Having initially hung up her ballet shoes when she was 14, dancing has now become Claire O’Connor’s calling. Today she’s pirouetting around the world with her family to build on the 74 babyballet franchisees she has in the UK
As Claire O’Connor takes our call she’s enjoying the Canadian sun at a cafe in Toronto – a city she and her family have temporarily made home. It’s a stark contrast to Halifax which the Yorkshire-grown founder of babyballet, the infant dance franchise, proudly calls her hometown. Describing the transition, O’Connor says: “It’s a different way of living. We’re in an apartment, which is different to home but it’s exciting.”
With husband Chris working in Toronto, the self-described “Halifax girl” considered it ideal timing for a unique family experience while growing babyballet, having relocated from the UK’s north in June. “When I was thinking about it, I was like it’s now or we don’t do it,” she says. “I’m not too proud to say ‘it’s not worked’ or ‘it’s not what we wanted’ – you can always head home.”
Long before her North American adventure began, ballet was introduced to O’Connor organically through her mother’s dance school. “I was literally born into the world of ballet,” she says. Naturally, she started going to lessons but despite possessing talent, she lost love for the dance as it increased in competitiveness. “I was comparing myself to the best rather than enjoying ballet as a hobby,” she admits. “To be a ballerina you’ve got to be practically fabulous in every way like a top sportsperson would be.”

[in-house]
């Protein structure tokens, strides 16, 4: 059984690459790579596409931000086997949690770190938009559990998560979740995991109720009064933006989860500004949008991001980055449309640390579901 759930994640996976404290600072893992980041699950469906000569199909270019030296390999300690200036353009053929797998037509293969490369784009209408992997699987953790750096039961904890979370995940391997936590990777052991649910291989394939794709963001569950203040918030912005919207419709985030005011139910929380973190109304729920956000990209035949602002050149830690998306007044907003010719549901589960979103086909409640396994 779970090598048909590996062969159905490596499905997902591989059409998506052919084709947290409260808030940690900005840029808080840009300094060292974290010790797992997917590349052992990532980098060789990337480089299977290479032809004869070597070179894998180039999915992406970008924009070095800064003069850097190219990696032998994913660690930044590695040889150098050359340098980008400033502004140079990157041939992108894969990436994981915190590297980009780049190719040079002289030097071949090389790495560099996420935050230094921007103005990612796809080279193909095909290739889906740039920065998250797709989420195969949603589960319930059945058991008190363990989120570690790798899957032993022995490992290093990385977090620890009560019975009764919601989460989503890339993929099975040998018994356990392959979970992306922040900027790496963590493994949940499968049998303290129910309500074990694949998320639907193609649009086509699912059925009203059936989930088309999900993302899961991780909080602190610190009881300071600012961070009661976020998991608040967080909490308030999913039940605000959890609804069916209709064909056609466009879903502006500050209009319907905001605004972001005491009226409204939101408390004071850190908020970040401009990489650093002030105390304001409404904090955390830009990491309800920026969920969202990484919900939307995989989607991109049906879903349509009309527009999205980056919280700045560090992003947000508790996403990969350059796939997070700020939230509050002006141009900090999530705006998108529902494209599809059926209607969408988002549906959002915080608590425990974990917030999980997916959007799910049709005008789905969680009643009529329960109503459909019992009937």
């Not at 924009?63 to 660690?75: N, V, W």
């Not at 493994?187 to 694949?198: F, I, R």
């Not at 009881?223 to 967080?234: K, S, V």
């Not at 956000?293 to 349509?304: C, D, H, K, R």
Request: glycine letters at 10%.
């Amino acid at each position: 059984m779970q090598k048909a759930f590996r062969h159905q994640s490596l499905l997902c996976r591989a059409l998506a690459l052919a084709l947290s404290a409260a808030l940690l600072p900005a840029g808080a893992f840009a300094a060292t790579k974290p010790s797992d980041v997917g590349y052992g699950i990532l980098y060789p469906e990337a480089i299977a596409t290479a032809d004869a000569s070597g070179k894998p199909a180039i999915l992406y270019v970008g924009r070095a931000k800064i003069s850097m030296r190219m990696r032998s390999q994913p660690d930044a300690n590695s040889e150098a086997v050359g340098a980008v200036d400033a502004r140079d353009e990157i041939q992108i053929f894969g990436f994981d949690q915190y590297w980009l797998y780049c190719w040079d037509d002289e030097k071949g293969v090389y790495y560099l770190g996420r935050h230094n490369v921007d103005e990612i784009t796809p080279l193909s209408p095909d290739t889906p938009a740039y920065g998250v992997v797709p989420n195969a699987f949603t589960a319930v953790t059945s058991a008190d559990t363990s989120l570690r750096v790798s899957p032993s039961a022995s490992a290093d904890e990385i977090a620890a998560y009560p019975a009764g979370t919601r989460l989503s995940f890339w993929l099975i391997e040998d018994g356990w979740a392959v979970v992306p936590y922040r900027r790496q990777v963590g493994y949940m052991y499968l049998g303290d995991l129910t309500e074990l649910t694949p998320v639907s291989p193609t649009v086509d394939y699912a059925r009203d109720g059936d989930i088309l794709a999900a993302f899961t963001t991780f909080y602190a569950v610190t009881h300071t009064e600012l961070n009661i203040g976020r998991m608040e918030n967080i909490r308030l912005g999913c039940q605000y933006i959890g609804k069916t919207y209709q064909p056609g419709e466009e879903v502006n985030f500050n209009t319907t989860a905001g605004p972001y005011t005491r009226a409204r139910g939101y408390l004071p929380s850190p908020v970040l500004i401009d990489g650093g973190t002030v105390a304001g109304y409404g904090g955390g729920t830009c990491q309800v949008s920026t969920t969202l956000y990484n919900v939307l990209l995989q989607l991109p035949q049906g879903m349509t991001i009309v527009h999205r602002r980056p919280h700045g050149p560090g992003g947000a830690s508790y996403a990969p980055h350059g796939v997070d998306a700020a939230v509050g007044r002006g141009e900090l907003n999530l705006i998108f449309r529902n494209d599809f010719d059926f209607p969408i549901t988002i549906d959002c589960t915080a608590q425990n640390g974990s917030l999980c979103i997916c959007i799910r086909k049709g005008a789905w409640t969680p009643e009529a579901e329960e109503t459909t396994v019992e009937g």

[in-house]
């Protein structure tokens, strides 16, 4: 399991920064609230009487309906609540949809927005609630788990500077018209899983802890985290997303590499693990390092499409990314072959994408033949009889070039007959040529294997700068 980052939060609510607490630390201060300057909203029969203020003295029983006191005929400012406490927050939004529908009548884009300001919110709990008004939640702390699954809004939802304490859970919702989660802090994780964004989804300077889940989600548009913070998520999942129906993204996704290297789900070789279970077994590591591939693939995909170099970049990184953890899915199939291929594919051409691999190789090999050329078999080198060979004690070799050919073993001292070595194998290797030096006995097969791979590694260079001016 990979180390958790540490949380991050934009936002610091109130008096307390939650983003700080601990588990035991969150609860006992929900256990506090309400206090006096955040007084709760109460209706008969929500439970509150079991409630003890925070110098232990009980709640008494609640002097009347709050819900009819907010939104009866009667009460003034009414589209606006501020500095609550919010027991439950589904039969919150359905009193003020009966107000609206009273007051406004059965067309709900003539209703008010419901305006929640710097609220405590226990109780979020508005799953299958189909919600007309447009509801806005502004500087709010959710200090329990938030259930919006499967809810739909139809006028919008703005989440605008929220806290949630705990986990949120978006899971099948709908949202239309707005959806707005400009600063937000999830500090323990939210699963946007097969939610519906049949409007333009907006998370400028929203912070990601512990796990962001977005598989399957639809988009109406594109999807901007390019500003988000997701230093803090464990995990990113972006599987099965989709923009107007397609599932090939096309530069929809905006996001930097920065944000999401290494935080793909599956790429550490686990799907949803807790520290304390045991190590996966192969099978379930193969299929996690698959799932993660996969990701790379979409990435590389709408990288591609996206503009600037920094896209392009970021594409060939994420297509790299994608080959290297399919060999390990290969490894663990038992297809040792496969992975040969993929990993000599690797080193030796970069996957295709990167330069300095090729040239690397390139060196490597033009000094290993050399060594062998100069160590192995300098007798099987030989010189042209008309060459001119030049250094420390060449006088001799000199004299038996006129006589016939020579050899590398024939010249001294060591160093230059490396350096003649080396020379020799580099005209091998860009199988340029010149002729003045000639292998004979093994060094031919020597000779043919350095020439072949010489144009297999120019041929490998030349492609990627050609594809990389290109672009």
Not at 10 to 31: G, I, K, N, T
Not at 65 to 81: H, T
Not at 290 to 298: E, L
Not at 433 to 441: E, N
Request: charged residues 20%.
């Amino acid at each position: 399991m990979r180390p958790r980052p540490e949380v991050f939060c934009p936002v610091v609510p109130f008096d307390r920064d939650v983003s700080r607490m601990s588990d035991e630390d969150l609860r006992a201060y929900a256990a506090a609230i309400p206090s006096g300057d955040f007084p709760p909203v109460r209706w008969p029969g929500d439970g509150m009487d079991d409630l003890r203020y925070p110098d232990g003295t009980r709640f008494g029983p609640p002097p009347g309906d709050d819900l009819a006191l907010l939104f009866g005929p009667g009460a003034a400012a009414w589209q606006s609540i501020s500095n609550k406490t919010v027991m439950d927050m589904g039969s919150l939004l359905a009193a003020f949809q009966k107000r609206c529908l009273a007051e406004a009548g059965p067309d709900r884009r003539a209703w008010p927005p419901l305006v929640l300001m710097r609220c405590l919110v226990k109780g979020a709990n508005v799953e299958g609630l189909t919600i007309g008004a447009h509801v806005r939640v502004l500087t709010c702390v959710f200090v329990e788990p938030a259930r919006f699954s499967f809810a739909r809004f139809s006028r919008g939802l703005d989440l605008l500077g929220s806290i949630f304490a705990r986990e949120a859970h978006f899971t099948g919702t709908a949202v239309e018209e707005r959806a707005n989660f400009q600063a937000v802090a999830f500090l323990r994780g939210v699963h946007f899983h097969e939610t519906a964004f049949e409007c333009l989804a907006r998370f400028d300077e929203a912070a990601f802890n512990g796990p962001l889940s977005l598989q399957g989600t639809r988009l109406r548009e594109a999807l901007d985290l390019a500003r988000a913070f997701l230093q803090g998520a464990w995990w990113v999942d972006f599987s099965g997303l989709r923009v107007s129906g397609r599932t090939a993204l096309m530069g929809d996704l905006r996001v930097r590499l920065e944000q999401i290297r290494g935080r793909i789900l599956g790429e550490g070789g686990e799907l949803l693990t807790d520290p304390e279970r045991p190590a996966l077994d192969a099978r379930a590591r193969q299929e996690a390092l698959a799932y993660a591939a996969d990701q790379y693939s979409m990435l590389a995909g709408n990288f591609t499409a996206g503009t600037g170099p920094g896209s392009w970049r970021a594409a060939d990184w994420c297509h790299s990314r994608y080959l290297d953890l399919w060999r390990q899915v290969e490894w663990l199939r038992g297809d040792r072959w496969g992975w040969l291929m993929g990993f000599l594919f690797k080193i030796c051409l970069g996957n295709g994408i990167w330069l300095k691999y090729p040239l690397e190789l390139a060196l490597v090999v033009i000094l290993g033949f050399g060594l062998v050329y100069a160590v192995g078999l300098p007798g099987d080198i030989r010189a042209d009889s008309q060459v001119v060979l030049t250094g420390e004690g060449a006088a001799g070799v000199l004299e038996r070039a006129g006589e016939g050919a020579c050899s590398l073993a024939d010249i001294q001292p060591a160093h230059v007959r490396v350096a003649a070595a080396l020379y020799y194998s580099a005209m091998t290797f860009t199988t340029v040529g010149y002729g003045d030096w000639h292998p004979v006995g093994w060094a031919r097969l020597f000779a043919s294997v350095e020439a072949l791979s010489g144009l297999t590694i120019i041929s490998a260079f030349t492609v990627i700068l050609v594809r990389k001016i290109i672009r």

That self-administered judgment resulted in her hanging up her dancing shoes when she was 14 but there was no escape. “It was very much in my life because my mum still had a school,” O’Connor says, admitting she remained immersed in the world by helping out now and again.
Having completed school studies and headed off to university, it was in her third year when O’Connor discovered she was pregnant with eldest son Harry. “It was a bit of a shock to say the least,” laughs the now mother of four. Being a young mum was one thing but with post-natal depression too, she and Harry moved in with her parents. She started working but none of the temporary jobs were suitable as a single parent getting back on her feet. “One day I came home and my mum said ‘I can see you’re trying really hard to make ends meet. Do you want to help with the dance school?’” O’Connor recalls. She took the opportunity and got working on the day-to-day running of the business.
And soon enough, O’Connor’s old mixed feelings about ballet returned. “There were kids who would come as a hobby but I could see the sadness in their faces if they didn’t get the top results,” she says. “I wanted to bring more fun, something else to ballet.” The stars aligned and her mum found a place where she could lead preschool classes, which were an instant success. “For me the pressure was gone and people were having a really nice time with their child.”
From that point, she started referring to the classes as babyballet to give it some identity. Keen to expand it but low on confidence, the late 1990s was when O’Connor realised franchising would be a good business model. “There were quite a few other preschool businesses that were franchised,” she says, noticing there were no ballet franchises then. With the internet gaining traction in 1999, researching her new project was made much easier. “I had a vision bigger than just a class – I wanted to create a programme, a syllabus, a real magic environment for these kids to come and enjoy ballet,” she says.